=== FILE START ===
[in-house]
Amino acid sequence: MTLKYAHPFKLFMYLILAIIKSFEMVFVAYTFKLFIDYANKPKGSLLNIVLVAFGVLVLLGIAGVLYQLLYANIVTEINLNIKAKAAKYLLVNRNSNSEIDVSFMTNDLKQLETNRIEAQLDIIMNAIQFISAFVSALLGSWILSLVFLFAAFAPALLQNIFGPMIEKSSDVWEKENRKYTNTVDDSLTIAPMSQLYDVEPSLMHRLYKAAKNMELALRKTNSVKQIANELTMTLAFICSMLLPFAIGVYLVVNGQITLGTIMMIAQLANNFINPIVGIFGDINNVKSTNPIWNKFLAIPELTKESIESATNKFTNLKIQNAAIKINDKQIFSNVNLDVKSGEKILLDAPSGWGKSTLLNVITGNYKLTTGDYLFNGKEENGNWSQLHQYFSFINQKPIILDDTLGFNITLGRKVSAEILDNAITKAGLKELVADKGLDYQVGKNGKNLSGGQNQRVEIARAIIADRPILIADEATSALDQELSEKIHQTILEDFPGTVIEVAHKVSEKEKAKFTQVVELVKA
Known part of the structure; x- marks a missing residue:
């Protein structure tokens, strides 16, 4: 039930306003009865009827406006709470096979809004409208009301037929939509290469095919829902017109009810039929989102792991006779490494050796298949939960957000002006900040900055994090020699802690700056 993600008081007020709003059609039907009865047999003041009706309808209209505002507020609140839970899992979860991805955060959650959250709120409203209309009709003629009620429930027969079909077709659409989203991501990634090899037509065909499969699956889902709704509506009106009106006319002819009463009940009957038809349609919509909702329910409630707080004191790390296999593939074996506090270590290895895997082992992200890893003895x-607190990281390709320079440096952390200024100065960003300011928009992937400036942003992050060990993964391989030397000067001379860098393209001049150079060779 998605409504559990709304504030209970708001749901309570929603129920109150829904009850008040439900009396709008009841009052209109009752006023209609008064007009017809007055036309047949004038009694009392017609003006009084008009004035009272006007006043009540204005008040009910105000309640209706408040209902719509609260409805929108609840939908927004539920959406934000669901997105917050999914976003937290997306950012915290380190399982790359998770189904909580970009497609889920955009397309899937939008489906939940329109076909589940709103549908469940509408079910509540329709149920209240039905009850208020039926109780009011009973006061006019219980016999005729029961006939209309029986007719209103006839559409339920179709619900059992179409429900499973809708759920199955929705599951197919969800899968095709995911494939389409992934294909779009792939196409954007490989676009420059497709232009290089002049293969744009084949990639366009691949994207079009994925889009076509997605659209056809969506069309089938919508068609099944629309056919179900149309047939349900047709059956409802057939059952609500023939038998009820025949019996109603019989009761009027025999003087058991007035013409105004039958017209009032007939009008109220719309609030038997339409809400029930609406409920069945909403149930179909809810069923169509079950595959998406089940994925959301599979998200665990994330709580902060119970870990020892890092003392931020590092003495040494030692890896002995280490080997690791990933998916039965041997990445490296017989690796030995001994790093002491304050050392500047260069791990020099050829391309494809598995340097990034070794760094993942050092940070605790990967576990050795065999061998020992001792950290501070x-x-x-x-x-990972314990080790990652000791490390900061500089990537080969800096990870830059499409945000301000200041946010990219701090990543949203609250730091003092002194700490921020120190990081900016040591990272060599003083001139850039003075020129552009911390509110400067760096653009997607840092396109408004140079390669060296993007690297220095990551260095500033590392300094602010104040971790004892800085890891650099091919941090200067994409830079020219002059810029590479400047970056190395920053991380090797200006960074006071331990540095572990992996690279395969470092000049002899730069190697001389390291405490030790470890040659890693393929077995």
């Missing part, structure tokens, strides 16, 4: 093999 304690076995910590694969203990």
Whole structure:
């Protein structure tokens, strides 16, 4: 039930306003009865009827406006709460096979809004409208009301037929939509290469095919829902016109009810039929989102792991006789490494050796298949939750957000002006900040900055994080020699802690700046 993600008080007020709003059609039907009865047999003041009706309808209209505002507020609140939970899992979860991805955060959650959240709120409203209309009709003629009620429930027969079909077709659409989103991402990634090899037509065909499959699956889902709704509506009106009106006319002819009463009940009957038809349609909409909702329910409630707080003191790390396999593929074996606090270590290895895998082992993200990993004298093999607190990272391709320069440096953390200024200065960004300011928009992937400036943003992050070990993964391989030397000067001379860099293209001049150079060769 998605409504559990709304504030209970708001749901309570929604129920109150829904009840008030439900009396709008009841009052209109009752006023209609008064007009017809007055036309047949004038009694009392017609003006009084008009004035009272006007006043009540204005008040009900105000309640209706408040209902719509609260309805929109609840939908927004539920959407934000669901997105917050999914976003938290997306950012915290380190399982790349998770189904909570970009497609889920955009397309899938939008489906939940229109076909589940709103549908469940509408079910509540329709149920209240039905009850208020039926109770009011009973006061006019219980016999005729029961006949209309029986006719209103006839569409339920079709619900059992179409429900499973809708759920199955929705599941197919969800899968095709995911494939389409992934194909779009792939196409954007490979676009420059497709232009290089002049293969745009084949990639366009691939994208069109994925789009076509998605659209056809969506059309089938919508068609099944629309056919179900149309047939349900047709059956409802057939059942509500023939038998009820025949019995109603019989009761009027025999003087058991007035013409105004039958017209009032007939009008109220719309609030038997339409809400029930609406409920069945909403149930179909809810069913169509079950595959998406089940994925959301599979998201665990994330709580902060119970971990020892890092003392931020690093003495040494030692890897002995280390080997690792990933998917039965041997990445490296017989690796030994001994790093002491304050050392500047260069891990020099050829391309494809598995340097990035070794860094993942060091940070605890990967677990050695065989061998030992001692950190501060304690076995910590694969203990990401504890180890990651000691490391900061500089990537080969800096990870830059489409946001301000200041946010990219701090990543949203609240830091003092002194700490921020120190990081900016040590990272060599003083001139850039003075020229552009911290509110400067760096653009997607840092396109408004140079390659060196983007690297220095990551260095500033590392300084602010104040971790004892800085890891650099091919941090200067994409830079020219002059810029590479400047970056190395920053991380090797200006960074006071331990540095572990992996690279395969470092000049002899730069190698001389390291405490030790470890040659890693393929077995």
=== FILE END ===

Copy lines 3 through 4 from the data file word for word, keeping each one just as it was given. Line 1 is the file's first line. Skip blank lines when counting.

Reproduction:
Known part of the structure; x- marks a missing residue:
């Protein structure tokens, strides 16, 4: 039930306003009865009827406006709470096979809004409208009301037929939509290469095919829902017109009810039929989102792991006779490494050796298949939960957000002006900040900055994090020699802690700056 993600008081007020709003059609039907009865047999003041009706309808209209505002507020609140839970899992979860991805955060959650959250709120409203209309009709003629009620429930027969079909077709659409989203991501990634090899037509065909499969699956889902709704509506009106009106006319002819009463009940009957038809349609919509909702329910409630707080004191790390296999593939074996506090270590290895895997082992992200890893003895x-607190990281390709320079440096952390200024100065960003300011928009992937400036942003992050060990993964391989030397000067001379860098393209001049150079060779 998605409504559990709304504030209970708001749901309570929603129920109150829904009850008040439900009396709008009841009052209109009752006023209609008064007009017809007055036309047949004038009694009392017609003006009084008009004035009272006007006043009540204005008040009910105000309640209706408040209902719509609260409805929108609840939908927004539920959406934000669901997105917050999914976003937290997306950012915290380190399982790359998770189904909580970009497609889920955009397309899937939008489906939940329109076909589940709103549908469940509408079910509540329709149920209240039905009850208020039926109780009011009973006061006019219980016999005729029961006939209309029986007719209103006839559409339920179709619900059992179409429900499973809708759920199955929705599951197919969800899968095709995911494939389409992934294909779009792939196409954007490989676009420059497709232009290089002049293969744009084949990639366009691949994207079009994925889009076509997605659209056809969506069309089938919508068609099944629309056919179900149309047939349900047709059956409802057939059952609500023939038998009820025949019996109603019989009761009027025999003087058991007035013409105004039958017209009032007939009008109220719309609030038997339409809400029930609406409920069945909403149930179909809810069923169509079950595959998406089940994925959301599979998200665990994330709580902060119970870990020892890092003392931020590092003495040494030692890896002995280490080997690791990933998916039965041997990445490296017989690796030995001994790093002491304050050392500047260069791990020099050829391309494809598995340097990034070794760094993942050092940070605790990967576990050795065999061998020992001792950290501070x-x-x-x-x-990972314990080790990652000791490390900061500089990537080969800096990870830059499409945000301000200041946010990219701090990543949203609250730091003092002194700490921020120190990081900016040591990272060599003083001139850039003075020129552009911390509110400067760096653009997607840092396109408004140079390669060296993007690297220095990551260095500033590392300094602010104040971790004892800085890891650099091919941090200067994409830079020219002059810029590479400047970056190395920053991380090797200006960074006071331990540095572990992996690279395969470092000049002899730069190697001389390291405490030790470890040659890693393929077995």